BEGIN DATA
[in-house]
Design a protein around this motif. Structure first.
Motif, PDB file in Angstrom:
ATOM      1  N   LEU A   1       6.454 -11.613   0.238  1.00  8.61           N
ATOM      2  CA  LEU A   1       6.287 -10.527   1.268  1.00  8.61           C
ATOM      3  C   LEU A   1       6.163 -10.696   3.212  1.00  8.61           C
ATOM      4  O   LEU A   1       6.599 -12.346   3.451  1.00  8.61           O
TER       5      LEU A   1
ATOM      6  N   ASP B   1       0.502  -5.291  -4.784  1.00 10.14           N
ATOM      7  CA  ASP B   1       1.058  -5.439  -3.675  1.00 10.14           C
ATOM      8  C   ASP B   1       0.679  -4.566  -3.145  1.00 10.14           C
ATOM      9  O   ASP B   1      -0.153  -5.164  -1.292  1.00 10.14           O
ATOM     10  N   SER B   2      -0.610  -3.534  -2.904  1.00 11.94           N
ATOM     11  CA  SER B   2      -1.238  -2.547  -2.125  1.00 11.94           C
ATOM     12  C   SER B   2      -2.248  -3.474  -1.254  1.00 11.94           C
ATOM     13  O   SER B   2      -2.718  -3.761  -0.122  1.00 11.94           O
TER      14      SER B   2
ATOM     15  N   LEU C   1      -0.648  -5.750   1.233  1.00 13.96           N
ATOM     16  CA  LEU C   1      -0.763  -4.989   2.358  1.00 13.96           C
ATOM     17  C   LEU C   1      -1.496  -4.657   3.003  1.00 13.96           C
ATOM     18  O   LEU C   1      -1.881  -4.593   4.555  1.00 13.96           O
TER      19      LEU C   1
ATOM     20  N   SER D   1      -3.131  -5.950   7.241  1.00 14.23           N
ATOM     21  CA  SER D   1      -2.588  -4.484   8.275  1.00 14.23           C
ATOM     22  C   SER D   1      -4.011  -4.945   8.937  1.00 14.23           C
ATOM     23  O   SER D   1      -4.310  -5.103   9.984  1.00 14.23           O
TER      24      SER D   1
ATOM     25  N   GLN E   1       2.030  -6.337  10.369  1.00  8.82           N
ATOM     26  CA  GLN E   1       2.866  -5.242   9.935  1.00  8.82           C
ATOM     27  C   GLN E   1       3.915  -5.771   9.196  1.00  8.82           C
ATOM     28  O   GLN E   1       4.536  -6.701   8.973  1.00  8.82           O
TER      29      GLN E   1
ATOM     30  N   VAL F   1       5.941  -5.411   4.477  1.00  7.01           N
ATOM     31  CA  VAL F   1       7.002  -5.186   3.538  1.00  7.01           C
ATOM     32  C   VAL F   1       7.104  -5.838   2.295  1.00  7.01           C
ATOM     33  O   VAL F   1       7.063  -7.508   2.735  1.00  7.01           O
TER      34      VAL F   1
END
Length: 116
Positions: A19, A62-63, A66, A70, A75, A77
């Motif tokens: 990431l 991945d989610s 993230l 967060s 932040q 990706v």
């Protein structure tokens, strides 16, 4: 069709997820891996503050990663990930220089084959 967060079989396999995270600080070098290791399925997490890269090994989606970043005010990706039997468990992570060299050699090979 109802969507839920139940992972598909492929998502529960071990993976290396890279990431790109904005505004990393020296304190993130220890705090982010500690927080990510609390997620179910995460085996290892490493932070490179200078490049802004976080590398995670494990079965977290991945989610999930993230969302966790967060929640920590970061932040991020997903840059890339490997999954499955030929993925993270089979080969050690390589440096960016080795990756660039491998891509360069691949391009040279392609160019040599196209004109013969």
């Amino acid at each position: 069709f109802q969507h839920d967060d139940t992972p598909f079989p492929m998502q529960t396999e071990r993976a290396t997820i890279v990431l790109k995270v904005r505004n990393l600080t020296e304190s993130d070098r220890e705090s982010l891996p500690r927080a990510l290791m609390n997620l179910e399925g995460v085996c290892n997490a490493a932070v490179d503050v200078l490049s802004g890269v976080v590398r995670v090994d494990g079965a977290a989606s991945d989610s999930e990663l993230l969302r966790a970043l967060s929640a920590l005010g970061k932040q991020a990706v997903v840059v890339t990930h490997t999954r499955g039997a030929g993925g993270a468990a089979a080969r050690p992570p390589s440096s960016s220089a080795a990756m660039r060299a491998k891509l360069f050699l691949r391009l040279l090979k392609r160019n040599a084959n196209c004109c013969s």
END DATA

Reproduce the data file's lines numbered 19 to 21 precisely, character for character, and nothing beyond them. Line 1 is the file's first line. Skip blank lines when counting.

ATOM     16  CA  LEU C   1      -0.763  -4.989   2.358  1.00 13.96           C
ATOM     17  C   LEU C   1      -1.496  -4.657   3.003  1.00 13.96           C
ATOM     18  O   LEU C   1      -1.881  -4.593   4.555  1.00 13.96           O